Middle management is thus located at the interface between carrying out the construction work and preparatory planning. Its partic- ular significance is based on a specific characteristic of building production. Both as a result of the single-item production system which is predominant in the construction sector and for technological reasons, in construction work in the majority of cases planning specifications have to be interpreted by employees in order to be implemented in production (cf. Syben, 1999, particularly pp. 139-146). This interpretation is scarcely noticeable if activities which recur on many occasions are concerned. It may take on a greater scope if, although well-known activities are involved, they have to be carried out under unfamiliar practical, spatial or temporal conditions. However, it may also place demanding requirements on the profes- sional competence of the employees if innovative solutions or tech- nological or architectural solutions which are difficult to implement are involved; the same applies if – as is unfortunately not infrequently the case – the planning details have not been constructively well thought out or the building plans have been inadequately formulated.

    In any event, workers on a building site can never simply execute mechanically prescribed movements. They must always have devel- oped a technical understanding of the task and defined it for them- selves before they can carry it out. It is middle management in construction which plans, guides and controls this process. It is there- fore the current view in all European countries that this leadership task will become more and more important as more stringent requirements are placed on the productivity of companies.

    In principle, this general description applies to building sites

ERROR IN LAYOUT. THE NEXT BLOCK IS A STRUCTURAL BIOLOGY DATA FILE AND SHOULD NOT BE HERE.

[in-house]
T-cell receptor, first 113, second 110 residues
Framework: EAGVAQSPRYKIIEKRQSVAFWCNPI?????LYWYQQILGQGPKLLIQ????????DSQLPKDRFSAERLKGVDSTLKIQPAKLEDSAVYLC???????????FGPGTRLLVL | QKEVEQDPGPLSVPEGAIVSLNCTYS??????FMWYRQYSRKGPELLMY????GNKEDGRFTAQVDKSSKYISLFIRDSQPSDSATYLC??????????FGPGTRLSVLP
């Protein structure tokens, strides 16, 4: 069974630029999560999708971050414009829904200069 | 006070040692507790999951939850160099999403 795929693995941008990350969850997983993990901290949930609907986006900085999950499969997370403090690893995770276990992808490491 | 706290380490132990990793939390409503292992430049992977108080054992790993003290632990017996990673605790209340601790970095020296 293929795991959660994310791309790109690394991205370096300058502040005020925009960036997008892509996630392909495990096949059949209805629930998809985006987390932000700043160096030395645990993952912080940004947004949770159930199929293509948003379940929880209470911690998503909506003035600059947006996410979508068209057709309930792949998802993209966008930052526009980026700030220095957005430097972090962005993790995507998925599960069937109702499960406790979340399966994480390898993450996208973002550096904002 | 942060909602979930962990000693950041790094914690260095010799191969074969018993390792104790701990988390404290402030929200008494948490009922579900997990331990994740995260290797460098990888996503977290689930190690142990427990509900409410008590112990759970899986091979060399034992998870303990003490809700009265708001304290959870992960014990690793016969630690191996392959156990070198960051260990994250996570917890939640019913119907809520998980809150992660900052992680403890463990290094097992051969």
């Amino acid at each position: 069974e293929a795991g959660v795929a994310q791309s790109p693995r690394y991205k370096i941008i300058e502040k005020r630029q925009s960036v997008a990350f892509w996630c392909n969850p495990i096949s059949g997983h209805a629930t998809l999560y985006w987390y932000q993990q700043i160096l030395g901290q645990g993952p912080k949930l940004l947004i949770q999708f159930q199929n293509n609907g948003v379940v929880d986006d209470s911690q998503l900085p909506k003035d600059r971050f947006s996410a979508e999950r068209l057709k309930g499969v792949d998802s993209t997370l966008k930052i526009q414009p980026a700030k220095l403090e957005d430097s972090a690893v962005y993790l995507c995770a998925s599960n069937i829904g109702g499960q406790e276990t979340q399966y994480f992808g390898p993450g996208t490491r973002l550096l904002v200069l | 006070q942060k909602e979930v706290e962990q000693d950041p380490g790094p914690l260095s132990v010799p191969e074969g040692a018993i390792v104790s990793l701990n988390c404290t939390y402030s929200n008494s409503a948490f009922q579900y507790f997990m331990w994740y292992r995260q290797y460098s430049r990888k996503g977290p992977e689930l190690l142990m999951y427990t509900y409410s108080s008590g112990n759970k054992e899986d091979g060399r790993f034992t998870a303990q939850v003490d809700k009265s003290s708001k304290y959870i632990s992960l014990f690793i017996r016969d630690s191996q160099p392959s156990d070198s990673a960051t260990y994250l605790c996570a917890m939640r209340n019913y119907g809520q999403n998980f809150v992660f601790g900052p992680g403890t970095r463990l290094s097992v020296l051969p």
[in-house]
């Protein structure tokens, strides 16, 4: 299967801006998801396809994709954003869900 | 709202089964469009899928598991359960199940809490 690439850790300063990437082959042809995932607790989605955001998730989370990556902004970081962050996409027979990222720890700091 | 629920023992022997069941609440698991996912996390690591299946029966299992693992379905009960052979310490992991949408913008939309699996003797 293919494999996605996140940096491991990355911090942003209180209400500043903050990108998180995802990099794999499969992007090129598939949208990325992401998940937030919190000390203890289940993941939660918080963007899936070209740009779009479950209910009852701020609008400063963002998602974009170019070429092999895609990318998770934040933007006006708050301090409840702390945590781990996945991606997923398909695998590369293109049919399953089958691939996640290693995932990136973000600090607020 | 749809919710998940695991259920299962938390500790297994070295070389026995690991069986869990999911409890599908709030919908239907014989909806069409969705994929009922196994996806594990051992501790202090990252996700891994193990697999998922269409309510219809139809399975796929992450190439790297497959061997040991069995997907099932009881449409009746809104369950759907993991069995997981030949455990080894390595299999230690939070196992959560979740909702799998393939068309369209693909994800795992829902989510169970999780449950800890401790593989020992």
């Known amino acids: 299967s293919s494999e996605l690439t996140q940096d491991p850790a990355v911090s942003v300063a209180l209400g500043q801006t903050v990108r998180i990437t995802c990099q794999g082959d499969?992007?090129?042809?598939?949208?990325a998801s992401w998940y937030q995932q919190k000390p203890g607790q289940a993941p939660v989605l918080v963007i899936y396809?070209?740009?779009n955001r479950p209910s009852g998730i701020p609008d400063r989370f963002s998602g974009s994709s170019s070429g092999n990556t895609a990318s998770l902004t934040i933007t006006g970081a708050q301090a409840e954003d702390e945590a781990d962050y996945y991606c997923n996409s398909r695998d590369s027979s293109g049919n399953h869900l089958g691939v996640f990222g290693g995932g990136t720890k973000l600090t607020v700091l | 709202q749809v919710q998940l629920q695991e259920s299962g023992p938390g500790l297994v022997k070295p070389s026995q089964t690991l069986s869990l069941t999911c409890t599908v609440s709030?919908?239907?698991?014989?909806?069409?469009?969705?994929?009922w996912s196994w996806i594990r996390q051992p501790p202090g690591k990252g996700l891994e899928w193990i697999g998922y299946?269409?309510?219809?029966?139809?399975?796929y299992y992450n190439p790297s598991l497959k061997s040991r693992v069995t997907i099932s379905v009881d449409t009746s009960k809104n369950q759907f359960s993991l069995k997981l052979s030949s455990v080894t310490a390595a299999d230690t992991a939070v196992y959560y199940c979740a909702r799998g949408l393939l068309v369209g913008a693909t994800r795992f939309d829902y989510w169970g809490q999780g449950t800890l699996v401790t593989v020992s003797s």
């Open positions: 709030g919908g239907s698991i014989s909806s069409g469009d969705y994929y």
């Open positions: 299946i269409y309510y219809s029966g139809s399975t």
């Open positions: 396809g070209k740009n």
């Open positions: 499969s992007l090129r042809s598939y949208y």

European journal of vocational training No 45 – 2008/3184

  • A comparative consideration of career paths into middle management in the construction industry Gerhard Syben 185

    throughout Europe. (1) Therefore, qualification for these positions also everywhere has the objective of technological professional compe- tence at the middle level, as well as the capabilities to organise working processes practically and temporally and to guide and lead the workers carrying them out such that the planned structure is built with the desired quality, within the prescribed timeframe and with the costs envisaged. However, the manner in which this competence is imparted differs in the individual countries within Europe.

    Training for middle management in the construction industry in Europe

    Training for positions in middle management in construction reflects the differences which are known from examination of the various voca- tional training systems in Europe. The essential difference is between systems which are primarily based on education and those which focus on training in businesses and (in the case of the construction industry) on building sites. A specific description follows here which is based on the example of the countries that were involved in the project, which primarily supplies the data on which this representation is based. (2)

    In the central and southern European countries of the Czech Republic, Hungary, Poland and Romania, preparation for taking on middle management positions on building sites takes place by way of training/education in the intermediate vocational education system specialising in construction. (3) Admission to this training course

    (1) It is not possible to go into the consequences of the extremely heterogeneous size struc- ture of businesses in the construction sector and of building sites in further detail here. A description for Germany can be found in Syben, 1999, and Syben et al., 2005.

    (2) The findings on training and activities in middle management in the construction industry which are reviewed below form part of the results of the ʻEurosystem Bauweit- erbildungʼ [Euro system further training for the construction industry] project which ran from autumn 2005 to autumn 2007 (cf. www.eurosystem-bau.eu). The countries involved were Denmark, Germany, Italy, the Netherlands, Austria, Poland, Romania, Sweden, the Czech Republic and Hungary, and also Switzerland at times. The objec- tive was to develop joint modules for vocational training of middle management in the construction industry in Europe. In order to determine the fundamental principles, surveys were carried out in all the countries into the activities of middle management in construction and the training paths which lead to positions in middle